Angular 11: A Complete Guide to Lazy Loading

Lazy loading in Angular 11

Lazy loading in Angular 11 makes an application lightweight and improves its performance and speed. But what exactly does it entail and how do we implement it? This article will address these queries and explain how to verify if lazy loading is actually taking place on a website.



What is lazy loading?

Think of a website with several pages, such as a social media application like LinkedIn or Instagram. Their performance deteriorates if all the modules load every time there is a change in the URL.

Now think of a method to load the respective JavaScript components only when the respective routes are in use. This is lazy loading.

Lazy loading is a technique in which the browser loads only the necessary components or modules according to the requirements. All the modules will not be loaded regardless of the active route. For instance, if users want to create a new account on Instagram, they will click on the "Sign Up" button. Here, we would want only the sign-up component to be loaded. Similarly, when the UI of the connections page is displayed, the corresponding connection’s component will be loaded.

Steps to implement lazy loading

The following steps must be followed in order to accomplish lazy loading:

  1. Create a module and a separate routing file
  2. Create a component
  3. Add the link to the header
  4. Implement lazy loading with loadChildren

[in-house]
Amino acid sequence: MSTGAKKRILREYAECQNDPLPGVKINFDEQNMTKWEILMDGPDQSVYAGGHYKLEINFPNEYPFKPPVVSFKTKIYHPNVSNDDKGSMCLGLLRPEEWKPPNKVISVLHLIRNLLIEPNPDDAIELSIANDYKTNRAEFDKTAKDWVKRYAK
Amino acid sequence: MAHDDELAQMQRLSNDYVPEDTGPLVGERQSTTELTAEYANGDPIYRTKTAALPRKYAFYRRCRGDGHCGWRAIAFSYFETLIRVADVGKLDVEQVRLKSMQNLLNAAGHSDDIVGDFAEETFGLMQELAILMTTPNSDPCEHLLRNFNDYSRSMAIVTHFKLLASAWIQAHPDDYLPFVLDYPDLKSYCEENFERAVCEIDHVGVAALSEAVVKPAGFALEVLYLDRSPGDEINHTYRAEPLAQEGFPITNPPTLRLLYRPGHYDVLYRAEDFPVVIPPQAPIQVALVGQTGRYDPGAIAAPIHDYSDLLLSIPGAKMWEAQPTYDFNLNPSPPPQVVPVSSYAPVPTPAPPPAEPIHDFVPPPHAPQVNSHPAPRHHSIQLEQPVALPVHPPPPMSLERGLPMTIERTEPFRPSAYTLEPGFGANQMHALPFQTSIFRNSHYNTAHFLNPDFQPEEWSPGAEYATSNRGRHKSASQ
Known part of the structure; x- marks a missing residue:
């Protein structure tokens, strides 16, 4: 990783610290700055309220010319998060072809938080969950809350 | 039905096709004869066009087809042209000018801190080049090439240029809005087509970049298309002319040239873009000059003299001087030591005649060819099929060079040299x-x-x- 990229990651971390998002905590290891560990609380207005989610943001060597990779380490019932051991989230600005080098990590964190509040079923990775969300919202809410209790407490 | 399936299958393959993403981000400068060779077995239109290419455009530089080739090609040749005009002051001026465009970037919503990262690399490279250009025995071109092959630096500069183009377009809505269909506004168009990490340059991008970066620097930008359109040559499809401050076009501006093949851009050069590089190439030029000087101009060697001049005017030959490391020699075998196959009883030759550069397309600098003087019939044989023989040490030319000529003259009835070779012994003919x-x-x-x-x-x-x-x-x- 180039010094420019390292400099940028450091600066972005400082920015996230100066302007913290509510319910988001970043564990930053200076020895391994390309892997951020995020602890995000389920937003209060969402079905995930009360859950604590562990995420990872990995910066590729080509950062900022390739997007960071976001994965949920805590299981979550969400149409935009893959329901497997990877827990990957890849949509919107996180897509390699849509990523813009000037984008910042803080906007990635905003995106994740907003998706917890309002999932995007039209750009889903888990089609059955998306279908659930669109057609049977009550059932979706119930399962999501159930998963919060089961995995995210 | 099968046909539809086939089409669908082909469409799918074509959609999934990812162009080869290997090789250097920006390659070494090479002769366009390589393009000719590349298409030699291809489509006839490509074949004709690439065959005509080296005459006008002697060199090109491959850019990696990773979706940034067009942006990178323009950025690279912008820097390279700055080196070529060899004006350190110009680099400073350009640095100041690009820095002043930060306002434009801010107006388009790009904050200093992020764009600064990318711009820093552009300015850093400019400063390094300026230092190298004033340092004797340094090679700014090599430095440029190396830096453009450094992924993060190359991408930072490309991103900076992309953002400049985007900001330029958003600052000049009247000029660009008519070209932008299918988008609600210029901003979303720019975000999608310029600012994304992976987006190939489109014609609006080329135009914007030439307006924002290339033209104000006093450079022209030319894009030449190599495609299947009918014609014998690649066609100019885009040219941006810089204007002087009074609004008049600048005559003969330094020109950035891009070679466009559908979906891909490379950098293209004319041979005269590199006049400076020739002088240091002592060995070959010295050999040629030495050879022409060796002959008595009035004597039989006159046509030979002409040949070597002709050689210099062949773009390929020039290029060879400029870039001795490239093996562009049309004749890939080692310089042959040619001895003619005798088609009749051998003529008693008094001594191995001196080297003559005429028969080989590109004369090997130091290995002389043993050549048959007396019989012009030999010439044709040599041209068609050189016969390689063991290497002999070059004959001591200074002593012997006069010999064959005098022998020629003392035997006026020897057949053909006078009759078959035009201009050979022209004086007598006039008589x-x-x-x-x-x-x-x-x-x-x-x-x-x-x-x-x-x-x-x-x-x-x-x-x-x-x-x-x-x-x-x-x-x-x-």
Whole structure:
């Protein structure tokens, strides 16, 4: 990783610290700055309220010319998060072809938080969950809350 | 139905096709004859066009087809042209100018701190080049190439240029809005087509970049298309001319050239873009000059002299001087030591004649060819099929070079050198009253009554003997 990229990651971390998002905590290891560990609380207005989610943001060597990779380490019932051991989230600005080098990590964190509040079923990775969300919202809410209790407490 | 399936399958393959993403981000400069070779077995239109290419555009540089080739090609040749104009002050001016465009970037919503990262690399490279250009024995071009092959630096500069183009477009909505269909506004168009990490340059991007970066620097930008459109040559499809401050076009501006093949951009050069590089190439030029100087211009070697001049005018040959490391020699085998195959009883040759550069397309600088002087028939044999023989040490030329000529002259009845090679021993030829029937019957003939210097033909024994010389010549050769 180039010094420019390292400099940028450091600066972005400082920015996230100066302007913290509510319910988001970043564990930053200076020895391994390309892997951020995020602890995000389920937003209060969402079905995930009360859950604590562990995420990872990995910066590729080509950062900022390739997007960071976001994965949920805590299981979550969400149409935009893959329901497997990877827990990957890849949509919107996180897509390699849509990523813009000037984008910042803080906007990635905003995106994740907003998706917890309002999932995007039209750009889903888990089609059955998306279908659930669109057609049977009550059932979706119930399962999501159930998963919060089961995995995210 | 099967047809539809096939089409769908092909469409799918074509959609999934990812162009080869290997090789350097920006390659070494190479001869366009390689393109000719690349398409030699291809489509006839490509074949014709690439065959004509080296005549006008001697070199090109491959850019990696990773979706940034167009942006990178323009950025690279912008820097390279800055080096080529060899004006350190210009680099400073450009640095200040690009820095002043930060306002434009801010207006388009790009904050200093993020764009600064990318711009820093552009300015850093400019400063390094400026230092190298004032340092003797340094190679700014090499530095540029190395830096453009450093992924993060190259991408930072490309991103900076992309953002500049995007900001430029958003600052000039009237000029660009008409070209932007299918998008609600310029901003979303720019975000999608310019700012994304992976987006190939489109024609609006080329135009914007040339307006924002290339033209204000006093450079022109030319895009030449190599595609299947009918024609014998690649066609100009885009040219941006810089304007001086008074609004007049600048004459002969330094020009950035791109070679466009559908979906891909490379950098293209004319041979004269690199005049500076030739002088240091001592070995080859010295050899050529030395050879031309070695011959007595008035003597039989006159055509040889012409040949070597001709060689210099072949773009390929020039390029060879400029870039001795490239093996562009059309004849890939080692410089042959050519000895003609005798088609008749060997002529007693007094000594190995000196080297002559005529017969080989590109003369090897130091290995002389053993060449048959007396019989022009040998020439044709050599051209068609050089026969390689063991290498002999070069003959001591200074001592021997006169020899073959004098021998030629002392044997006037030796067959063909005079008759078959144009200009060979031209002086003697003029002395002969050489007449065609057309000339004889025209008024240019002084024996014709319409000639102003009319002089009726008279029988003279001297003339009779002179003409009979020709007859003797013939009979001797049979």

5. Set up the route

Step 1: Create a module and a separate routing file

Independent routing is used to handle all the components of Angular 11 lazy loading modules.

Use the following command to create a module and a routing file, namely, lazy-loading:

ng g m lazy-loading –routing

Code source

Why begin by creating a module in the first place? Because the lazy loading of a single component is not possible. This is due to the structure of Angular. A module in Angular refers to a collection of components. In other words, an Angular module is a container defining all the components, services, pipes, etc., that it holds. The module declares a set of dependencies.

In the application list, all these dependencies constitute a chunk, which is nothing but a transpiled JS code. The main chunk consists of modules imported directly, whereas the modules to be lazily loaded form a separate chunk. Note that modules form a chunk while components don't. That's why lazy loading of a single component is not possible.

Step 2: Create a component

In this step, we create a component within the lazy loading module.

Consider the example of a social media website. Let's say, there is a route "/user-dashboard" to display the UI of the user’s dashboard with an option to create a new post as well as display the user’s older posts and other activities. Let's create a component for this and call it user-dashboard.

Here is the command:

ng g c user-dashboard

Step 3: Add the link to the header

Add a link to the header on whose route lazy loading must be implemented. If you want only the "user-dashboard" component to load when the corresponding route is active, add the following link to the header of the "/user-dashboard" route.

The required snippet in the app.component.html will be:

< li class="nav-item" >
  < a class="nav-link" [ routerLink ]="[ '/user-dashboard' ]" >
 	      	Lazy Loading
   < /a >
< /li >

Step 4: Implement lazy loading with loadChildren